Bank Guarantee vs Fixed Deposit: Difference and Comparison

A bank guarantee is a financial commitment by a bank to cover a specified amount of debt or contractual obligation on behalf of a customer if they fail to fulfill it. In contrast, a fixed deposit is an investment where funds are deposited for a predetermined period at a fixed interest rate, offering stable returns but without the risk mitigation aspect of a guarantee.

Key Takeaways

  1. A Bank guarantee is a form of financial security issued by a bank to guarantee the payment or performance of a contract. At the same time, a fixed deposit is a savings account that earns a fixed interest rate over a set period.
  2. A Bank guarantee is used in business transactions to assure parties that a contract will be fulfilled, while fixed deposits are a common investment option for individuals.
  3. Bank guarantees and fixed deposits involve working with a bank to manage finances, but they serve different purposes and benefits.

Bank Guarantee vs Fixed Deposit

A bank guarantee is an oath by a bank to pay a fix amount of money to a beneficiary if the party that requested the guarantee fails to fulfill their contractual obligations. A Fixed Deposit (FD) is a financial tool provided by banks, where customers deposit a lump sum of money for a fixed period.

Bank Guarantee vs Fixed Deposit


Comparison Table

FeatureBank GuaranteeFixed Deposit
PurposeProvides financial security in a transactionSaves money and earns interest
FunctionBank acts as a guarantor if one party fails to fulfill their obligationsBank holds your deposited funds for a fixed term and pays interest
Who uses it?Businesses and individuals in specific situations (e.g., international trade, renting property)Individuals looking to save money and earn returns
Guaranteed return?NoYes, a fixed interest rate is guaranteed upon deposit
Access to fundsLimited access, only if the guarantee is called uponLimited access, penalized for early withdrawal
CostFee charged by the bank for issuing the guarantee (1-2%)No fee, but potential loss of interest if withdrawn early
RiskBank may refuse to pay the guarantee if certain conditions are not metRisk of losing potential returns in other investment options


What is Bank Guarantee?

Introduction to Bank Guarantee:

A bank guarantee is a financial instrument provided by a bank on behalf of a customer to ensure that the customer fulfills a contractual obligation or meets a financial commitment to a third party. It serves as a form of security for the recipient of the guarantee, assuring them that they will receive payment or compensation if the customer fails to fulfill their obligations.

Types of Bank Guarantees:

Bank guarantees come in various types, each designed to serve different purposes:

  1. Bid Bond Guarantee: This type of guarantee is commonly used in the bidding process for contracts. It assures the project owner that the bidder has the financial capability to undertake the project if awarded.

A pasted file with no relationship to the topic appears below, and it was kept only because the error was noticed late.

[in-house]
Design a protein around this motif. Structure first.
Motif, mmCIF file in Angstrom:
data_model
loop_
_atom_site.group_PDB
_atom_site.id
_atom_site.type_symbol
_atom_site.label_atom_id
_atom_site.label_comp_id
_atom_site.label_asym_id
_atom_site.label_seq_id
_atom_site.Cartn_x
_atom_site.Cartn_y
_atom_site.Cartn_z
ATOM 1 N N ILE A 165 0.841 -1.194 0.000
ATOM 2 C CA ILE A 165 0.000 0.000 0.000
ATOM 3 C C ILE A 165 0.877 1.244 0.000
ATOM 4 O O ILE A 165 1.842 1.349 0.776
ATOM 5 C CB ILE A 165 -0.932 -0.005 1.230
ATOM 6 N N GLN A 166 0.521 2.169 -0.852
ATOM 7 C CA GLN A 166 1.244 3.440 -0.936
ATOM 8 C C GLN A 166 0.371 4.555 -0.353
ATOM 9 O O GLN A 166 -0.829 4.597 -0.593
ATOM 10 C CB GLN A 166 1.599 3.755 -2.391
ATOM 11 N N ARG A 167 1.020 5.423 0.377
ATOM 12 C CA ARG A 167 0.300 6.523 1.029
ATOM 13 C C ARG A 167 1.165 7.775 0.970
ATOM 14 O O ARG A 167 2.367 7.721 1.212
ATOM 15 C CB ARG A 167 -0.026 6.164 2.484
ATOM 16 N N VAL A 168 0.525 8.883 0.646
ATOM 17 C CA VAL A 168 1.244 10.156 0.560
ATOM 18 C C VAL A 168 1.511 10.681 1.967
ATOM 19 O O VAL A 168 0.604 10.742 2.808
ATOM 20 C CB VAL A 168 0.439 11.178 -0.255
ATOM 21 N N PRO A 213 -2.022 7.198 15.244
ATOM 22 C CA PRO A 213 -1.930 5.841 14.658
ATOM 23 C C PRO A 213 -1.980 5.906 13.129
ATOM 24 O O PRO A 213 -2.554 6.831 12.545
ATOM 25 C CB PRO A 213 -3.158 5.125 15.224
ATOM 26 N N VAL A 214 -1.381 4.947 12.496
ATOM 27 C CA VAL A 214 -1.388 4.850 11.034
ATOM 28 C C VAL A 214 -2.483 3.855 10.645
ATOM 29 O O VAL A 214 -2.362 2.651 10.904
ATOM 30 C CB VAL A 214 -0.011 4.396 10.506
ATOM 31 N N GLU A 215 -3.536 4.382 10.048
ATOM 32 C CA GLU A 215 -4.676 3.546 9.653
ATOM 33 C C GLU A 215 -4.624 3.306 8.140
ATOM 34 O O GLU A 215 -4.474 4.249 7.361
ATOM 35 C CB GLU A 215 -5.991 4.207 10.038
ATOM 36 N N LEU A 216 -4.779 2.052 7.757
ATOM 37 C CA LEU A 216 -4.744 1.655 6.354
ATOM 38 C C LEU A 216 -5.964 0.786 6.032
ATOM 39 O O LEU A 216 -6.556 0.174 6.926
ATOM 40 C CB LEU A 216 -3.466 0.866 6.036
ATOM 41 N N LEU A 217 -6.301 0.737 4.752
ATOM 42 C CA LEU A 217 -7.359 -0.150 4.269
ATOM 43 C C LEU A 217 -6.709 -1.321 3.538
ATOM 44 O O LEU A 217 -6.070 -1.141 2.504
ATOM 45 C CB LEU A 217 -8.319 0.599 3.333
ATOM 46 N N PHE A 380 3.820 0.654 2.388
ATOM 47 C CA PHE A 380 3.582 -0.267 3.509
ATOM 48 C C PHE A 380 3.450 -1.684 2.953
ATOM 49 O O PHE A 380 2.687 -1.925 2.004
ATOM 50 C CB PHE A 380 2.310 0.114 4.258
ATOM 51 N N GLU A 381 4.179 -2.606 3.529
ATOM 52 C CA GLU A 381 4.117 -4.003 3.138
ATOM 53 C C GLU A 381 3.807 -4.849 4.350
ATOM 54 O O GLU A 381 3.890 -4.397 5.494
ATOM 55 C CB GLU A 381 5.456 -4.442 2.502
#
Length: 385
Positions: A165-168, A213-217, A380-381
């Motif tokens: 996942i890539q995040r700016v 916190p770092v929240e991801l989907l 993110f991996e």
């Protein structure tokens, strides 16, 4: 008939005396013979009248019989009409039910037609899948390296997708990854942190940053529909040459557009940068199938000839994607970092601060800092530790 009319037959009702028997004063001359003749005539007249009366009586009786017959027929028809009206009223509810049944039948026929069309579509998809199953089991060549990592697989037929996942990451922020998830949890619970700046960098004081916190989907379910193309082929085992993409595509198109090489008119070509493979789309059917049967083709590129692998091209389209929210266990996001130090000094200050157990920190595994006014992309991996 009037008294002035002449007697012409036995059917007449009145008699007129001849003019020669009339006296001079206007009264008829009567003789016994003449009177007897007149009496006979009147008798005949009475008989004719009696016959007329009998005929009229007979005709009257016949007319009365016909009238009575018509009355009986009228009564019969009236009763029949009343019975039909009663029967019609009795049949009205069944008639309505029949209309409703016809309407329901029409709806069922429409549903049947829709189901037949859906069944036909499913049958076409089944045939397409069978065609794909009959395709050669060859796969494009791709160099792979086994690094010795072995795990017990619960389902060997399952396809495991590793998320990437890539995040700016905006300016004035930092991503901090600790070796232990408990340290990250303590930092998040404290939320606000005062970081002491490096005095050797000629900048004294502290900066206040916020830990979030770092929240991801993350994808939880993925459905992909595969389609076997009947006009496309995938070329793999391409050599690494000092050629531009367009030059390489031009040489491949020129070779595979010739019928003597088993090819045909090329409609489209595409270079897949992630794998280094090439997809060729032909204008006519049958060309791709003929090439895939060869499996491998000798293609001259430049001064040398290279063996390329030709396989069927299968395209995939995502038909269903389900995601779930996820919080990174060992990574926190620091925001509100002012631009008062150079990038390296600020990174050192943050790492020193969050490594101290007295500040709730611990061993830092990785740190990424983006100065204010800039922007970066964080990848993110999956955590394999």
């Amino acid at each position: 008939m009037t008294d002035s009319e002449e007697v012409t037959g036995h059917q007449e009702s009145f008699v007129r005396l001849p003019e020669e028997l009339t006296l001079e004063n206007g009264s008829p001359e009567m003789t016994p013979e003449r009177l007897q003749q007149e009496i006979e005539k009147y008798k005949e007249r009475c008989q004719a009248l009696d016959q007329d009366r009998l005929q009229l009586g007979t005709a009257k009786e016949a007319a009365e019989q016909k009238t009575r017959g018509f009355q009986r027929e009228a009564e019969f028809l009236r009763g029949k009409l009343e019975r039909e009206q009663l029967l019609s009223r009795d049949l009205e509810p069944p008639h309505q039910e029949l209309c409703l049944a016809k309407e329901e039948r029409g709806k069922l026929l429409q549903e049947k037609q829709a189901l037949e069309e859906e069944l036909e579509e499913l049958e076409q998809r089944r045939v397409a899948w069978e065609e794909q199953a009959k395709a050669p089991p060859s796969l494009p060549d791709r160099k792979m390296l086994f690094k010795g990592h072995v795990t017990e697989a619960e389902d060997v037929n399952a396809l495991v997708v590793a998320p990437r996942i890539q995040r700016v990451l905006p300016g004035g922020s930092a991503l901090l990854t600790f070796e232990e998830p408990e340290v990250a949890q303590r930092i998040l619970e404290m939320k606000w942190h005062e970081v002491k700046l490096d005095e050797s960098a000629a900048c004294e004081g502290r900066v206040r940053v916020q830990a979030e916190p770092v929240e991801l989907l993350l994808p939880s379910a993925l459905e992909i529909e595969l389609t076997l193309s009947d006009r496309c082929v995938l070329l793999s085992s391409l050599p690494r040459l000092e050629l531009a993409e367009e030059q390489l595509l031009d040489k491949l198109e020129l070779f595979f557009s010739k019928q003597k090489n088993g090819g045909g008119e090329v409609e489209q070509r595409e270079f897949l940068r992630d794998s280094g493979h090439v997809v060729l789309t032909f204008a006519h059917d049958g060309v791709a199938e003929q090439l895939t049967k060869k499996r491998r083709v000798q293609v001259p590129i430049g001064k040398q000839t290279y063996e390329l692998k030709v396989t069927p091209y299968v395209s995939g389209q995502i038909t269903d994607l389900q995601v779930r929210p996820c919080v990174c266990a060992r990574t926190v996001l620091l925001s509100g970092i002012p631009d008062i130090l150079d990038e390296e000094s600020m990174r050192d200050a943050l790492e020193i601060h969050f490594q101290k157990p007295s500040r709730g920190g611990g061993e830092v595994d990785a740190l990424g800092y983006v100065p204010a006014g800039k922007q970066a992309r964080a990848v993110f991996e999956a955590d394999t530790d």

2. Performance Guarantee: Performance guarantees are issued to ensure that a party fulfills their contractual obligations satisfactorily. It protects the project owner from financial loss if the contractor fails to complete the project as agreed.
  3. Advance Payment Guarantee: In situations where advance payments are made by the buyer to the seller, an advance payment guarantee ensures that the seller will either fulfill their obligations under the contract or repay the advance payment if they fail to do so.
  4. Financial Guarantee: Financial guarantees are provided by banks to support financial transactions such as loans or leases. They assure the lender or lessor that the borrower or lessee will fulfill their financial obligations.
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Process of Obtaining a Bank Guarantee:

  1. Application: The customer requesting the bank guarantee submits an application to the issuing bank. This application includes details of the transaction or contract requiring the guarantee, as well as any supporting documentation.
  2. Evaluation and Approval: The bank evaluates the creditworthiness and financial standing of the customer before deciding whether to issue the guarantee. If approved, the terms and conditions of the guarantee are negotiated, including the amount, validity period, and fees.
  3. Issuance: Once the terms are agreed upon and any required collateral is provided, the bank issues the guarantee to the beneficiary (the party receiving the guarantee). The beneficiary can rely on the bank’s commitment to fulfill the guarantee if the customer defaults on their obligations.
bank guarantee

What is Fixed Deposit?

Introduction to Fixed Deposit:

A fixed deposit (FD), also known as a term deposit or time deposit, is a financial instrument offered by banks and financial institutions where an individual or entity deposits a sum of money for a predetermined period at a fixed interest rate. Fixed deposits are popular investment options due to their safety, stability, and guaranteed returns.

Features of Fixed Deposits: